It used to be that before I clipped Josie’s leash to her collar and walked out the front door, I made sure to slip my phone into the back pocket of my jeans. I took my phone with me on our afternoon walks, not so I could be reached in the case of an emergency, but so I could snap pictures along the way. I didn’t want to risk missing the perfect Instagram shot.
These days I leave my phone at home when I walk Josie. The habit began back in February, when I gave up all social media for Lent, and has continued long after the fast ended on Easter morning. Now, instead of fishing my phone out of my pocket when something catches my eye, I simply take note of it.
A painted lady butterfly balances on a swaying blossom, its proboscis nuzzling into delicate petals.
The way the evening light warms the greening landscape golden.
The Scotch pine bark that fits together like pieces of a jigsaw puzzle.
It’s refreshing, liberating even, to appreciate beauty for its own sake, rather than as the means to an outcome.
My Lenten social media hiatus was transformative, not only because it helped me break my addiction, but also because the time and space revealed the deeper reasons I gravitate toward social media in the first place.
The truth is, while my intentions to use social media to share beauty and encouragement are genuine, underneath those good intentions also lurks a quiet but persistent vying – a vying to be visible, heard and relevant. A vying for approval and affirmation.
As psychologist Scott Barry Kaufman explains, stepping away from social media is a way to “quiet the ego” – and my ego is in constant need of quieting.
I’ve been thinking a lot lately not only about what compells me to post on social media but also about how I use it for entertainment and to quell boredom. Since reading Cal Newport’s Digital Minimalism earlier this spring, I uninstalled Facebook and Twitter from my phone. But those are low-hanging fruit. Instagram, my biggest social media distraction, still tempts me daily, sometimes hourly.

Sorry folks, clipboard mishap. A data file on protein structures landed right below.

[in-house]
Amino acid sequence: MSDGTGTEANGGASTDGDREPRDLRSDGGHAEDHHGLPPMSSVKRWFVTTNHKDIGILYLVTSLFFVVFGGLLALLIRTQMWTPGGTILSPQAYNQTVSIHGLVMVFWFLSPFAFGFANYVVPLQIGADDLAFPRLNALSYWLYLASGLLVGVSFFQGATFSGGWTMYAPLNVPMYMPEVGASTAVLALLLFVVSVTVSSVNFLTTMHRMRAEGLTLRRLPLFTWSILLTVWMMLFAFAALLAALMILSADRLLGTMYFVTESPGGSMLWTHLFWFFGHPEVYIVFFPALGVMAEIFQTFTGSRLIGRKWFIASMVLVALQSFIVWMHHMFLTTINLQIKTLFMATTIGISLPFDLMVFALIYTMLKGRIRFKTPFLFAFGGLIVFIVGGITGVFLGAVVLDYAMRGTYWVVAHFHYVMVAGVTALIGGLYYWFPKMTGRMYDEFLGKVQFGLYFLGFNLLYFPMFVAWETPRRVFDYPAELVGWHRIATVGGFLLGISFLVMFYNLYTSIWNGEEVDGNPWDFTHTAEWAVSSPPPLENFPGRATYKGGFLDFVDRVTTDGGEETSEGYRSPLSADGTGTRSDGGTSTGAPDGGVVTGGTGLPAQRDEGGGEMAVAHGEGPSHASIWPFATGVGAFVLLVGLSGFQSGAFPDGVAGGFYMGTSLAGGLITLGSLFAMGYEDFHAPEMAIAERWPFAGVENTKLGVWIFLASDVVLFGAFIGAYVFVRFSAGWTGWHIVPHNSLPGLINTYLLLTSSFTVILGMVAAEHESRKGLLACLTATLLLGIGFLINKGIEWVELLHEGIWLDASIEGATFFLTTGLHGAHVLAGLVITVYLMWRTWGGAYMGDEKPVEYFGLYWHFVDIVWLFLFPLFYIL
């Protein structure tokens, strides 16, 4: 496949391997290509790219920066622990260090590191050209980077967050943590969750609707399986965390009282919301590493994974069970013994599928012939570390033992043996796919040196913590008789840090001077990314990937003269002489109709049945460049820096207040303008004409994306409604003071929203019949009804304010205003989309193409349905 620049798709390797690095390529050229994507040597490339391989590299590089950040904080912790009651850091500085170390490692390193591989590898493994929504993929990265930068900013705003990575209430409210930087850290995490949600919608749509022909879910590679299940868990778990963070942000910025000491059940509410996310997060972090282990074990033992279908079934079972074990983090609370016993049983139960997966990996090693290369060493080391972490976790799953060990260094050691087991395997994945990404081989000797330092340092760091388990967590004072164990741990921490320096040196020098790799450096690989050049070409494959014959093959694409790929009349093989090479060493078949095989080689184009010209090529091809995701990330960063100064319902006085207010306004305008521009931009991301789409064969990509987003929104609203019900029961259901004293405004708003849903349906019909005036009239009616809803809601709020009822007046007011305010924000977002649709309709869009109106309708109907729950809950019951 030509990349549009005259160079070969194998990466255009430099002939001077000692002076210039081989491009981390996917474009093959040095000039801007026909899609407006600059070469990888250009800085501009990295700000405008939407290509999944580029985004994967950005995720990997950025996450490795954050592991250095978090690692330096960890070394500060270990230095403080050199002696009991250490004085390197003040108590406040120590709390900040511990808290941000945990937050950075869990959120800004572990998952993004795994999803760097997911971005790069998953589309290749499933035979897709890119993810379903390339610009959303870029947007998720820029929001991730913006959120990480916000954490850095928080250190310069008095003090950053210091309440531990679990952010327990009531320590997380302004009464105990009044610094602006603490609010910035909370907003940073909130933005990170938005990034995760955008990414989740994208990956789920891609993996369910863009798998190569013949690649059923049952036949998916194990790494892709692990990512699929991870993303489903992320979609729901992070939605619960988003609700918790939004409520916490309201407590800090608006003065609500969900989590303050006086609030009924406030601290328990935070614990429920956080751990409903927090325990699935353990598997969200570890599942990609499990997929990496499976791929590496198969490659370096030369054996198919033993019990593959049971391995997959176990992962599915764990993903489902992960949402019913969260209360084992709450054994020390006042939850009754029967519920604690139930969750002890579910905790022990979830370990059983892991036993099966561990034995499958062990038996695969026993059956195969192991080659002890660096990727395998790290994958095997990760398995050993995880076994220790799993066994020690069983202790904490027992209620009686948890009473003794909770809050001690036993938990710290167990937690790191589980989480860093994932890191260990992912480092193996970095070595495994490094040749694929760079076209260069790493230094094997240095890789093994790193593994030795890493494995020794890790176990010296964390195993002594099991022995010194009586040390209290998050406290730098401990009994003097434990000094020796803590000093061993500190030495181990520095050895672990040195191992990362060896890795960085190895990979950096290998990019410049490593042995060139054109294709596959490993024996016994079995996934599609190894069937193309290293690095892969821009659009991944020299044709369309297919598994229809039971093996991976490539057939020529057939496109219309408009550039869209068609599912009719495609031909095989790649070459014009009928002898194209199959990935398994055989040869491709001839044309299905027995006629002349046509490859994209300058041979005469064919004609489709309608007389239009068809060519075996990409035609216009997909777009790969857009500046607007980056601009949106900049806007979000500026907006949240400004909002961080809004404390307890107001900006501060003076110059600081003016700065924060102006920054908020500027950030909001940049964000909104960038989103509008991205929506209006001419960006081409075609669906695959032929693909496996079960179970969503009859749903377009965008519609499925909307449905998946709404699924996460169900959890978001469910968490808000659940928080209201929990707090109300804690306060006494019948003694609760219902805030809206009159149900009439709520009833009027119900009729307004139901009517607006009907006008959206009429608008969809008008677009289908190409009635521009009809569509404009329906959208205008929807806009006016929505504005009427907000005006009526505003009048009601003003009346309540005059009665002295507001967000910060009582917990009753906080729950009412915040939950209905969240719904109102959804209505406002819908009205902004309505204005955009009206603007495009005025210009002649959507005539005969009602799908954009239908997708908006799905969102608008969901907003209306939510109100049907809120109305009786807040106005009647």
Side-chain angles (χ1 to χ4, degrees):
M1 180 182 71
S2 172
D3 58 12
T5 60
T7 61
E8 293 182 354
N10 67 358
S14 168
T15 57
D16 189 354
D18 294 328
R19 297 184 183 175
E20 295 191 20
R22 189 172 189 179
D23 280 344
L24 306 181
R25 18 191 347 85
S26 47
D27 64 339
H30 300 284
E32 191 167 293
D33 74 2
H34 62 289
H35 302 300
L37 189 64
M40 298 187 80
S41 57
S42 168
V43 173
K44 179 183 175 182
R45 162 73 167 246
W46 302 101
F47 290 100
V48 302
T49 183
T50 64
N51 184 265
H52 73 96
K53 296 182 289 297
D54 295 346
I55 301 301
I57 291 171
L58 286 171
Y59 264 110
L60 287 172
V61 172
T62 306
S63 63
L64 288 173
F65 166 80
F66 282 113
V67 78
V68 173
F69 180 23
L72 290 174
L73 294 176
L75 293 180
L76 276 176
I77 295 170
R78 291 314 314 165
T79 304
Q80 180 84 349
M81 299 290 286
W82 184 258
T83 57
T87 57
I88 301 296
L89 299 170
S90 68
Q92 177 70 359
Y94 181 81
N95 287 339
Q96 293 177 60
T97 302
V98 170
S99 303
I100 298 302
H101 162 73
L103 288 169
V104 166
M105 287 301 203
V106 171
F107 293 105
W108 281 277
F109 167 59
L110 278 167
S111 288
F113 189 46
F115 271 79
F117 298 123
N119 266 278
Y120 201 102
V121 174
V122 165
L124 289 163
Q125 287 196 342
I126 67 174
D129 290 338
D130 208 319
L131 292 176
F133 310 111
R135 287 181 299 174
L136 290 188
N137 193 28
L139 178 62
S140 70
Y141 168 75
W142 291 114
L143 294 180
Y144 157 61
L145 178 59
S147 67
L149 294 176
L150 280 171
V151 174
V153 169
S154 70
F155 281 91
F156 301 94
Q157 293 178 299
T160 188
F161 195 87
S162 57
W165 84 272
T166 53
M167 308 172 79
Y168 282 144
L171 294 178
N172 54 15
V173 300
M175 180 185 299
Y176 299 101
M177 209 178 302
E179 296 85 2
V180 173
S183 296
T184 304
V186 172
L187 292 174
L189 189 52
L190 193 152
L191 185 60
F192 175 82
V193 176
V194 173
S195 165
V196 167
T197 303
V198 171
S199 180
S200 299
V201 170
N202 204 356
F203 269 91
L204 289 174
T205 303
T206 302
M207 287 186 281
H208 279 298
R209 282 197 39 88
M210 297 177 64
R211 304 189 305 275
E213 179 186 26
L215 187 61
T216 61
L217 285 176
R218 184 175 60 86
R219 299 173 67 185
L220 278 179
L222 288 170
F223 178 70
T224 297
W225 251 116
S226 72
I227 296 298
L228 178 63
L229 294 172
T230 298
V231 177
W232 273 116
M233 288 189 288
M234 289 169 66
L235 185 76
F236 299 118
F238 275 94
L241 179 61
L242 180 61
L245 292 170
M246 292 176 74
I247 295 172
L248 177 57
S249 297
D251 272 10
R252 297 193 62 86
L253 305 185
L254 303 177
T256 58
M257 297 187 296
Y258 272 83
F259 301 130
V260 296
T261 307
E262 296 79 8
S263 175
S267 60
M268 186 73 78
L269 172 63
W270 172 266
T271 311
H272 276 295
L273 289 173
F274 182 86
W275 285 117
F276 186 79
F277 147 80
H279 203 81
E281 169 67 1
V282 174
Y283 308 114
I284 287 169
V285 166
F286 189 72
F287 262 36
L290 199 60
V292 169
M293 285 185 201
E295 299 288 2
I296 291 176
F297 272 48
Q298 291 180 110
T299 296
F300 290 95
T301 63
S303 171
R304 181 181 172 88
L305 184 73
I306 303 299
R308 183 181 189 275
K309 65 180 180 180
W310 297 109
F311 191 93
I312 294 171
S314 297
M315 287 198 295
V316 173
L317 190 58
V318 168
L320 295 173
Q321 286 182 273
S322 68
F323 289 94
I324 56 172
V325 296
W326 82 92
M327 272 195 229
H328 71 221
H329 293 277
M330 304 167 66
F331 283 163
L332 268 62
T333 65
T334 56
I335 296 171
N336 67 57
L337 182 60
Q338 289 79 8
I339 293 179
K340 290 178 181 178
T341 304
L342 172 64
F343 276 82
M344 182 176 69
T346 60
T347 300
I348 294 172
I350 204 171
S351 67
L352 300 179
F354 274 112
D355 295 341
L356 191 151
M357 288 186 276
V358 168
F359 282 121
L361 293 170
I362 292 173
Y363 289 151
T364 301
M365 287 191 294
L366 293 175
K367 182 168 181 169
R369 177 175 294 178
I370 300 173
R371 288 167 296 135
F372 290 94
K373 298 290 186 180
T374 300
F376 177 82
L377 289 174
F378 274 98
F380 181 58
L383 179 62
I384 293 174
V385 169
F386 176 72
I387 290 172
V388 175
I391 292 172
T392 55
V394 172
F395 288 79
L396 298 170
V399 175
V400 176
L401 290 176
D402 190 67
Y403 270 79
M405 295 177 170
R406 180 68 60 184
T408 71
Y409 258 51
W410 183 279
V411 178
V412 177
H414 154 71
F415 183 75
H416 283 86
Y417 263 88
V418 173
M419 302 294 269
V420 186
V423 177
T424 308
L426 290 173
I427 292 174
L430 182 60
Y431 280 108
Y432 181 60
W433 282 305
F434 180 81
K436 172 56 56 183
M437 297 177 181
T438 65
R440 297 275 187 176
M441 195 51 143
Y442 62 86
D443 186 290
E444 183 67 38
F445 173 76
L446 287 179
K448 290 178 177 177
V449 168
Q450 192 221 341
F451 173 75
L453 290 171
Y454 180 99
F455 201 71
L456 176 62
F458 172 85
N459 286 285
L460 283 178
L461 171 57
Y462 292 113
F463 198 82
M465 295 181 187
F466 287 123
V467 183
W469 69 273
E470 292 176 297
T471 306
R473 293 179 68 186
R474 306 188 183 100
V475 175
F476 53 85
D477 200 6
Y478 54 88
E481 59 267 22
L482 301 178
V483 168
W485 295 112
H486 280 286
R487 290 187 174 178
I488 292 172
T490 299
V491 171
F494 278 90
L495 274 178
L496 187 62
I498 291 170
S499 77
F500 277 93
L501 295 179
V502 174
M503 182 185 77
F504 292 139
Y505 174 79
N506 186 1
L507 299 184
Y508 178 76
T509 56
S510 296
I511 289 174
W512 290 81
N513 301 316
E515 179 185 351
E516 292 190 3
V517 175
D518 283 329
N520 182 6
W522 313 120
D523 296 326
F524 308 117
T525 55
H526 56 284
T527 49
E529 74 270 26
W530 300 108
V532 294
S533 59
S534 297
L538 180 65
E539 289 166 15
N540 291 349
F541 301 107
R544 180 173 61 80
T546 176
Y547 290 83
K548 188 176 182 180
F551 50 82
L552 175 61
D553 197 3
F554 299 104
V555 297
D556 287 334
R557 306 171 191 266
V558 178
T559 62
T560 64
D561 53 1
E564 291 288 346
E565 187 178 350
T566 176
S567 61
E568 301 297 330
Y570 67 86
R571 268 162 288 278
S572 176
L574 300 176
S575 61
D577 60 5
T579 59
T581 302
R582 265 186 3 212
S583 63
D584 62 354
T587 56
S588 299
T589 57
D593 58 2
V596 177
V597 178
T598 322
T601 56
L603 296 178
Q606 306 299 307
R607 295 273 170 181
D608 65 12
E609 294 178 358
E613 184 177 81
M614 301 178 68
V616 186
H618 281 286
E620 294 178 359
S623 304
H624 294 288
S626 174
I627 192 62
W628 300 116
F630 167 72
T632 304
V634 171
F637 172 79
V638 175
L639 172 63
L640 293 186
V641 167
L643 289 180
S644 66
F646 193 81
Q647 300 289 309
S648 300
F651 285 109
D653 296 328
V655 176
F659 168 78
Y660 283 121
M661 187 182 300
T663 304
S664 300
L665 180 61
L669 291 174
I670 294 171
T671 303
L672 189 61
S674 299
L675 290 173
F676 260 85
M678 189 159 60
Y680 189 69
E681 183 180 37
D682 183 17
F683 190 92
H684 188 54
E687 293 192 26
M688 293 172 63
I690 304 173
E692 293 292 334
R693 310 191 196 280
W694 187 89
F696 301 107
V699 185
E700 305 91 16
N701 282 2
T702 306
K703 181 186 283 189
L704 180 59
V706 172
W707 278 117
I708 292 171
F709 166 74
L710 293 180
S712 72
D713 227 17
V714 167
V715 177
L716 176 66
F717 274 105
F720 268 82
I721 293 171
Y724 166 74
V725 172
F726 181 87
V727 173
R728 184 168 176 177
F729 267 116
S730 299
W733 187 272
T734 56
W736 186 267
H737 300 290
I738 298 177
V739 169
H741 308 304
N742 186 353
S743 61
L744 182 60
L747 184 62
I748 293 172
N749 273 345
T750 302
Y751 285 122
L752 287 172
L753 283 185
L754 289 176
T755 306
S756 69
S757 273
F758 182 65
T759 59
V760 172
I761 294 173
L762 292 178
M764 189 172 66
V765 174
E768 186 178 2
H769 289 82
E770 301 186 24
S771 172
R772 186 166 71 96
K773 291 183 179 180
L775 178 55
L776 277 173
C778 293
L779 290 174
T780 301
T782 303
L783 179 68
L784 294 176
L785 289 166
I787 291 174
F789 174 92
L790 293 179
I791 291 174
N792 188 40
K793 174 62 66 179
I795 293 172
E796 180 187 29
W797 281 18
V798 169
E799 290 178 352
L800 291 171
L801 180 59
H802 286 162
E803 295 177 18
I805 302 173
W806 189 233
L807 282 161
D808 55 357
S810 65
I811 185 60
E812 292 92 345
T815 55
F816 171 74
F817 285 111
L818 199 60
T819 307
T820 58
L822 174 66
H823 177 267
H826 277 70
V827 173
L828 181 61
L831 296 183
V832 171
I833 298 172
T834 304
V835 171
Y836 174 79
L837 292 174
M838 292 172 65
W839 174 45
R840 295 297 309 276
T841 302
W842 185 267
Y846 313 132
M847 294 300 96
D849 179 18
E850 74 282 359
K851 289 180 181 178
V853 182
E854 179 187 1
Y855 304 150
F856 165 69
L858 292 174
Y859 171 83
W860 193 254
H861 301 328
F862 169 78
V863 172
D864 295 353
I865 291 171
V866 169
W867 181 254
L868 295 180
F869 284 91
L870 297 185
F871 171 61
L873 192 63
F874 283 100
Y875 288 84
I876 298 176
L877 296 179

Instagram is where I’m most likely to scroll mindlessly. It’s where I go when I’m bored or to kill time. It’s where I spend the largest portion of my social media time each day. When I finished my Lenten social media fast and had every good intention to keep my digital habits in check, Instagram is what derailed me.
The key to living successfully as a digital minimalist, according to Newport, is to “optimize” what brings you value while minimizing mindless scrolling. In other words, he says, “Take steps to extract the good from these technologies while sidestepping what is bad.” Aim for long-term meaning over short-term satisfaction, and “focus online time on a small number of carefully selected and optimized activities that strongly support the things you value.”
Instagram does offer some value to me, namely images of beauty and nature when I don’t have access to it in real life and a place to connect with people I know and like but from whom I am physically distant. With Newport’s advice in mind, I recently curated my Instagram feed so that it better reflects what I value. I unfollowed hundreds of people, keeping only those accounts in my feed that align with these values:
— Friends and people I know in real life but don’t see as often as I would like
— People who live in Nebraska
— People whose pictures appeal to me visually (namely, they share images of nature that I consider beautiful)
— People I might not know in person but who I can count on to share meaningful content that resonates with me.
Now, because I’ve curated my feed to optimize what I consider valuable and don’t waste as much time scrolling through content that doesn’t interest me, I actually spend less time each day on Instagram. And the time I do spend there is more fulfilling and meaningful because I am seeing more of the content I value.
It’s not a perfect solution. I still spend far too much time on Instagram, though I’m not quite ready to abandon it entirely. And if I’m honest with myself, I still also post content to social media at least in part as a means to be seen and feel relevant. Slowly, though, I am inching my way toward a more digitally minimal lifestyle that is both quieting to my ego and less consuming of my time and energy.